Ask a nutritionist – Struggling to stick to New Year’s resolutions?

Our team of dietitians run both group and 1-1 nutritional advice services across the city. We frequently get asked questions about weight loss by our clients which may have been picked up in the media or passed on from friends. So we thought we would write a series of Q&A blogs to provide you with accurate and informed answers to some of your nutritional queries.

Should I totally avoid high fat and high sugar foods?
Chocolate chunksAlmost half of resolutions made on the 1st January are left by the wayside by the end of the second week. Often this is because the goals we set ourselves are unrealistic and unachievable. Losing weight is a favourite resolution, yet we know the reality is that it’s simply not that easy. Taking some time to think about the steps you need to put in place to achieve your goal (or get back on track with it) can be really helpful. You can’t lose weight overnight, without planning, so think about how you are going to acheive your goal. Couple it with setting yourself a realistic weight loss target and you’re far more likely to succeed.

Therefore, telling yourself you are never, ever going to eat chocolate or crisps or drink alcohol again isn’t realistic. In fact, by forbidding certain foods, they become more desirable so it’s more likely you’ll give in, eat more, feel guilty and give up altogether! An ‘all or nothing’ approach is unlikely to lead to long term success or a healthy, balanced diet.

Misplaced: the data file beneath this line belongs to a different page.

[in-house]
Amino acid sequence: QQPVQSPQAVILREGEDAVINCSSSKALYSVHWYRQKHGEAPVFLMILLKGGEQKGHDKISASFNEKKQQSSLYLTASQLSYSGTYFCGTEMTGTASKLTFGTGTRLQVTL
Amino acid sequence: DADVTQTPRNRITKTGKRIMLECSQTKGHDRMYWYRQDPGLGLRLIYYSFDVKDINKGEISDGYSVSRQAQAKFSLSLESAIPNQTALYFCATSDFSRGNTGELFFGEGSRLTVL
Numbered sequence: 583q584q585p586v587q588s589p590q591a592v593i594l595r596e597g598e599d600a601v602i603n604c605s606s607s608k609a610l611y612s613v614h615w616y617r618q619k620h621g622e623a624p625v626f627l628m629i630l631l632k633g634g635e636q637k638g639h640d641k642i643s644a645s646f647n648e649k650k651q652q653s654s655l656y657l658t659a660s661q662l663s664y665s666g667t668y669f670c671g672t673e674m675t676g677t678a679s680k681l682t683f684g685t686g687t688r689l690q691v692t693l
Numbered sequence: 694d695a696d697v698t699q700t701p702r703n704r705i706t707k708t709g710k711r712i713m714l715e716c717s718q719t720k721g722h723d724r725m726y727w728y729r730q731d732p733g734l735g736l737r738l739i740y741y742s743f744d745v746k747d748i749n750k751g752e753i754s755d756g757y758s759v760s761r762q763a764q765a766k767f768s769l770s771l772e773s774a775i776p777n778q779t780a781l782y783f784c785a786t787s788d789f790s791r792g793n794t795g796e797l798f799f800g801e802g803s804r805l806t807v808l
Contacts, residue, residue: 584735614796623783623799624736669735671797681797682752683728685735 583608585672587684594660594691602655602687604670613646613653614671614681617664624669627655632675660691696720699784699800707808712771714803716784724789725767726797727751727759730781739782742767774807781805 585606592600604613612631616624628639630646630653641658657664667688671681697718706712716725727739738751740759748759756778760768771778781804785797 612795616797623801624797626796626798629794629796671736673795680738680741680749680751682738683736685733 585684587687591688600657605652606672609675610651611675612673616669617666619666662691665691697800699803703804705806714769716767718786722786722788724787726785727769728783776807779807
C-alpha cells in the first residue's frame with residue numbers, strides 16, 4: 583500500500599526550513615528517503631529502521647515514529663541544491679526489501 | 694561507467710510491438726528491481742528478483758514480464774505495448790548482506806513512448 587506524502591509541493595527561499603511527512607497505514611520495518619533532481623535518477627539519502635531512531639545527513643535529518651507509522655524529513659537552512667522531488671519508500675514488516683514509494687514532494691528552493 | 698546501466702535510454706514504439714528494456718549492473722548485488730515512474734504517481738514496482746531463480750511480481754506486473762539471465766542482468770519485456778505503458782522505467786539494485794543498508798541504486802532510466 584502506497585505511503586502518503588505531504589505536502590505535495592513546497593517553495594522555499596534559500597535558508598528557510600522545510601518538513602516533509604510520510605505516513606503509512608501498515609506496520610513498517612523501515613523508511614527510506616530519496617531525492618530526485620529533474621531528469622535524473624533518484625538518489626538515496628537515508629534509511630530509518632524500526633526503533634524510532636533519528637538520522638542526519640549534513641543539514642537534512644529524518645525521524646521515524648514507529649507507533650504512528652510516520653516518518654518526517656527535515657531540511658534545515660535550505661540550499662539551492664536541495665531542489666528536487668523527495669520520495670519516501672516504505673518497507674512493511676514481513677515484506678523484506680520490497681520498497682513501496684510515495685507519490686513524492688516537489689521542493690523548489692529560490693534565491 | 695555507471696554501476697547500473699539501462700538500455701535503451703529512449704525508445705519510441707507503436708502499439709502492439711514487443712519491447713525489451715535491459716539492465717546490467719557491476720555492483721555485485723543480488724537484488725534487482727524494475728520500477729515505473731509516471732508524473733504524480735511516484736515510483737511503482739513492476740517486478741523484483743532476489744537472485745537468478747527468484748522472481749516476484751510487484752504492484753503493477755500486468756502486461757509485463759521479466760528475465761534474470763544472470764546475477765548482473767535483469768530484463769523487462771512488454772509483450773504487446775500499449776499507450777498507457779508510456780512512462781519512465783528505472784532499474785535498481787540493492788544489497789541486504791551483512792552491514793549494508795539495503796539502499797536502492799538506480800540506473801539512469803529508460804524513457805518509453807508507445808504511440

Instead, include these foods but in healthy portion sizes. If you’re used to eating a bar of chocolate every day, begin by cutting down to just 2 or 3 squares. Or have a bar, but only once a week. That way you will really savour the taste and enjoy the treat. Eating mindfully – to stop and take time to focus on what you are eating, instead of just grazing in front of the TV can help with satiety and lead to eating less to feel satisified.

Additionally, put a few things in place to support your intentions. Minimise temptation by not keeping unhealthy snacks at home, and practice saying no to family and friends when they offer you something you don’t want. Give yourself permission to enjoy a treat from time to time and don’t beat yourself up when things don’t go according to plan. Many people who successfully lose and maintain a healthy weight do include crisps and chocolate in their diet, but stick to healthy portion sizes. Ultimately, a healthy balanced diet is a diet that you can maintain for the long term.

If you feel like you need a bit more support in achieving your goals, our nutrition team offer group programmes and 1-1 sessions. For more information give us a call on 01273 431703 or email

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